We live in a rushed, high input culture, where distractions are non-ending. This is true, whether you are a Mom with young children or a senior adult as I am. To have an effective time of Bible study requires being purposeful.
Several years ago, I learned this important truth. Since then, Bible study has been a part of my daily schedule. I have a regular place and time for Bible study. For me, the place is my lift chair, mainly because sitting at a desk or table causes pain from my chronic illnesses to be a distraction. You know what place works best for you. The tim is as soon as I finish breakfast. And my Bible, journal, pen, and reading plan are on a shelf next to my chair, ready to use. My iPad is also available since many of the resources I use during my study time are online, but I’ve made a commitment not to be distracted by checking email or social media until my study time is over. Each of us have different distractions to deal with, but the key is finding the time and place where they are minimized.
Each year, I choose a specific reading plan. In 2015, I used a chronological through the Bible reading plan. This year, I’ve chosen a plan that covers one book at a time, one chapter a day, allowing me to spend more time digging into the chapter. And I’m supplementing this with a Bible study through God-Living Girls, a group of ladies who all suffer with chronic illnesses.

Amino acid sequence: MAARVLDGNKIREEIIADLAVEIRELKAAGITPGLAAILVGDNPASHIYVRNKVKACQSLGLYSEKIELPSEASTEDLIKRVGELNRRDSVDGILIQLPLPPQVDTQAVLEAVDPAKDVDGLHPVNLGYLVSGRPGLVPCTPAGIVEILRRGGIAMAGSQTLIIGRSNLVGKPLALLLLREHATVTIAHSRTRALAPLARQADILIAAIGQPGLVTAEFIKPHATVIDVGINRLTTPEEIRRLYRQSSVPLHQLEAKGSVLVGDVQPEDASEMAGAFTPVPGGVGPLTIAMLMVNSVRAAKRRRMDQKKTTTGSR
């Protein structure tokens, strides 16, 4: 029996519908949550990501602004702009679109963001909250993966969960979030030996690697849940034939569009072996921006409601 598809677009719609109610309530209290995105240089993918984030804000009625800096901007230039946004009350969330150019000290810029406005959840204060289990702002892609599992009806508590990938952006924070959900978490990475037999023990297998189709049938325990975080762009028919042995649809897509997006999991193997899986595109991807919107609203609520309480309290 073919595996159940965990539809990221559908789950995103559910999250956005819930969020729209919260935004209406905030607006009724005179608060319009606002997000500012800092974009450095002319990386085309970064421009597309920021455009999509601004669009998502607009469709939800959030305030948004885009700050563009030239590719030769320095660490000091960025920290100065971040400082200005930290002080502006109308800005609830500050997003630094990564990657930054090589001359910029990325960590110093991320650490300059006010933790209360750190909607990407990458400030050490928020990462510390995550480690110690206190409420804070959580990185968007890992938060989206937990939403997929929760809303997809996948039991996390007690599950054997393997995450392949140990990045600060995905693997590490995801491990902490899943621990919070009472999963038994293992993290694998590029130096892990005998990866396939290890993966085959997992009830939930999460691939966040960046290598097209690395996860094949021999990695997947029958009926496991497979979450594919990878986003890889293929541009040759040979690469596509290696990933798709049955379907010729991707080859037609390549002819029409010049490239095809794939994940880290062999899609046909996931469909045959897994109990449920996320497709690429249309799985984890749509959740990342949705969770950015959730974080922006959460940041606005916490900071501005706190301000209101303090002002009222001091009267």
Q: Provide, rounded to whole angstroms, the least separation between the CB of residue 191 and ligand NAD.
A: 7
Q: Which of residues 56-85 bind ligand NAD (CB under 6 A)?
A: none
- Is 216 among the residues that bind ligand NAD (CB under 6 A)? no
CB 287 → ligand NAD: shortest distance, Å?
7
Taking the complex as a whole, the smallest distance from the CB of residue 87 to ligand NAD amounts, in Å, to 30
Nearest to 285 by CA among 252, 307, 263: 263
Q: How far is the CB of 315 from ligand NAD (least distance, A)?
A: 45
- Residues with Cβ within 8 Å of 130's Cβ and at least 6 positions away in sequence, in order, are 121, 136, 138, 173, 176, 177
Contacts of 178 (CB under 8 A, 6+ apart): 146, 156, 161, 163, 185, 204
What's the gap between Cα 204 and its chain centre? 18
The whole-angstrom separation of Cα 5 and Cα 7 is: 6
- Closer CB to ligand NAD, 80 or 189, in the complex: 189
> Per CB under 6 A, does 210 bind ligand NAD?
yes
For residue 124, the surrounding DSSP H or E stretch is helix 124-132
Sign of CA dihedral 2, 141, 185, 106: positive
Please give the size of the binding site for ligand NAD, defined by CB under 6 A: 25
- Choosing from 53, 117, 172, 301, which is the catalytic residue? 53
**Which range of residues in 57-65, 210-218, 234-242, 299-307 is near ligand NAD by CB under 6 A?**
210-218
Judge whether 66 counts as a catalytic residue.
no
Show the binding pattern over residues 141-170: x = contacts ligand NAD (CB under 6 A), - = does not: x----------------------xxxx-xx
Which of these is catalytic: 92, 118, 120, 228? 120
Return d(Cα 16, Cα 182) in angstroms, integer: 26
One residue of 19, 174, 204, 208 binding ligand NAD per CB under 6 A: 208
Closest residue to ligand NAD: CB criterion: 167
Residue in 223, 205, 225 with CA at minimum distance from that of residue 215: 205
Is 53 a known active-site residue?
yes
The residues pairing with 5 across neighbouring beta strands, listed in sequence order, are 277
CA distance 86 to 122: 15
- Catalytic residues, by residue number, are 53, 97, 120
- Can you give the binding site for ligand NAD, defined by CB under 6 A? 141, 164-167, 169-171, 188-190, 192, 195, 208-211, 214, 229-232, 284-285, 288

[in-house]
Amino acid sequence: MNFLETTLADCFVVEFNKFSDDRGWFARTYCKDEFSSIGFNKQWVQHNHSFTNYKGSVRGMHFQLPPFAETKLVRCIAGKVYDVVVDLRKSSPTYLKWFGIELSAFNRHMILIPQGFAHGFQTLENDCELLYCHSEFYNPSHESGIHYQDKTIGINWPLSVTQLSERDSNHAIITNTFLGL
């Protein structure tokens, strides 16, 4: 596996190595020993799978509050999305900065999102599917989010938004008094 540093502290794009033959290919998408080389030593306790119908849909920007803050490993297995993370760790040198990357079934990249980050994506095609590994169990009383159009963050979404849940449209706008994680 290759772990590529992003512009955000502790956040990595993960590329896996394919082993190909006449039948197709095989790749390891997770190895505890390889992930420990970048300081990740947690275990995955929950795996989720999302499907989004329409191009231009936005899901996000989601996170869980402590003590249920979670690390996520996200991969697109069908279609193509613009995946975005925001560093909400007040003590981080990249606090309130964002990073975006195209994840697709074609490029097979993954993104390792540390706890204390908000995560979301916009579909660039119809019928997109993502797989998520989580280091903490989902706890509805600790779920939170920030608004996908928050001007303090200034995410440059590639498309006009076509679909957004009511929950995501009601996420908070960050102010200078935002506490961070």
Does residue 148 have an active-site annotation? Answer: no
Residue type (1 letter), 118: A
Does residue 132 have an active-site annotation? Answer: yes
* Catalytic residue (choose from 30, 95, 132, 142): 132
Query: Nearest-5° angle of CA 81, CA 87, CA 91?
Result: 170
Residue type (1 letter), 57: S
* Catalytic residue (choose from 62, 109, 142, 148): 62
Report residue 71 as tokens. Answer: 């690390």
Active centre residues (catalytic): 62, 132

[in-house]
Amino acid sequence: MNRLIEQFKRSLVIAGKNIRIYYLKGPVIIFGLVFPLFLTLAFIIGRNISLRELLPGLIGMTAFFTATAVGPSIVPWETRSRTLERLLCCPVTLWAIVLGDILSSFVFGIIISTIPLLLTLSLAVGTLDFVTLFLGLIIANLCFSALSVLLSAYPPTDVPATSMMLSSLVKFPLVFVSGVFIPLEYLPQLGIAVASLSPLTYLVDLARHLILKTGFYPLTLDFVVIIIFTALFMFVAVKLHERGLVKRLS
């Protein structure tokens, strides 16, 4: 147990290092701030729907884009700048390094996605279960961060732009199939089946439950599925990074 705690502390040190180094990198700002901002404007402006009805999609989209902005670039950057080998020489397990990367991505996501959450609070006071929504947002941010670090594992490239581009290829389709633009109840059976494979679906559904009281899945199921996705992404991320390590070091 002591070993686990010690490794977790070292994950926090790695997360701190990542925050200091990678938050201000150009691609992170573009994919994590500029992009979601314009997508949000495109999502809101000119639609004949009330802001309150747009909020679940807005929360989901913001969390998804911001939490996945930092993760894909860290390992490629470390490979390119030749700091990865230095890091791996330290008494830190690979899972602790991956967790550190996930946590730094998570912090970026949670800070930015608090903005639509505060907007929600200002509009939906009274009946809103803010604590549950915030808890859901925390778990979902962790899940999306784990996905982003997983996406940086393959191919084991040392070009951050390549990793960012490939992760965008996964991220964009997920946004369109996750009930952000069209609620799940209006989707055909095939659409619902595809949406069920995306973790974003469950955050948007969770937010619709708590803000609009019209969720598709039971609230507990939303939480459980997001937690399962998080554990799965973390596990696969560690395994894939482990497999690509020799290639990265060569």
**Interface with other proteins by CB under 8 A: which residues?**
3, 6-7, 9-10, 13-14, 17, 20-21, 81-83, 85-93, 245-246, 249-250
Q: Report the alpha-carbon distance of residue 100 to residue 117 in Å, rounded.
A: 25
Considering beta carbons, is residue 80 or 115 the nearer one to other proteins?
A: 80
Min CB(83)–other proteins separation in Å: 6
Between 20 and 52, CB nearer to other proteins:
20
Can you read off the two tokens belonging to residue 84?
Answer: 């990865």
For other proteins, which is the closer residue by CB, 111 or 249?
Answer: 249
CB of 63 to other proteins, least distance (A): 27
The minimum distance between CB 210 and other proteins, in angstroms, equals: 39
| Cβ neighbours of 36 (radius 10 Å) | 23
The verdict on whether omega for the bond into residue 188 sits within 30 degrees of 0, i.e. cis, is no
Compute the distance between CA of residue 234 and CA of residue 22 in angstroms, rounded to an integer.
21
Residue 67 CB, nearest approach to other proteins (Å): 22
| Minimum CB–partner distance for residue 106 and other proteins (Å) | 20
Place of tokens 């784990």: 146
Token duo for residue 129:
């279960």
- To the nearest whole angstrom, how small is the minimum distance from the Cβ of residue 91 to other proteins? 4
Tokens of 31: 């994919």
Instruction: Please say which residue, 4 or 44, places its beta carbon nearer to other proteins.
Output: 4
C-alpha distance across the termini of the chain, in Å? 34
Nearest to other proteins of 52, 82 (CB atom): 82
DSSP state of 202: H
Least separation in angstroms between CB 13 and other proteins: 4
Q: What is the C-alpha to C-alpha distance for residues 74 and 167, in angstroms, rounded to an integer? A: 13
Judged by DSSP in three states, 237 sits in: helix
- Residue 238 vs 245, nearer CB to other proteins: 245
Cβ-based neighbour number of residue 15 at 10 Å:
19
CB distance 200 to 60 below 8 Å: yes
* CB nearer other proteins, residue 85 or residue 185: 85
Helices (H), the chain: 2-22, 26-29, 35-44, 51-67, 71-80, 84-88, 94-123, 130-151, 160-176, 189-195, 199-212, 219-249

Now, with the plan ready and supplies waiting, what do I actually do?
- I start with a brief time of prayer, asking God to speak to me and to open my ears to listen. If I’m aware of any sin that would separate me from God, I confess it before starting.
- Next, I read the chapter for the day, from start to finish. Sometimes, I use the YouVersion Bible app to listen to the chapter and follow along in the text. This gives me an overview of the material that I’m studying.
- Then I ask God to show me which verses He wants me to focus on today. I’ve already read the full chapter, so I’m aware of the context of the shorter passage. I also reflect on what the passage meant to the original readers. I take notice of key words in the passage. Often, this step includes studying one or two words in the original language so I fully understand the meaning.
- Now it’s time to slow down and listen. Usually God has a specific application for me in the passage, but if I rush through this step I might miss it.
- Finally, I journal about what God is showing me from this passage. This might be a brief as one or two paragraphs, or if God is dealing with a major area of application I’ve sometimes written several pages.
- After I complete my study of today’s passage, I use an app called Scripture Typer to review verses I’ve been working on memorizing. If God is speaking to me from a specific verse from today’s passage, I might add that to my list of verses. This app not only helps me memorize the verse, but it sets up a regular schedule of reviewing verses so I don’t forget them. Then I close my quiet time with prayer.
Bible study by itself doesn’t change our lives – we must follow thought with the applications God has shown us. D. L. Moody said, “The Bible was not given for our information but for our transformation.” The effectiveness of your Bible study can best be seen by the positive changes in your life.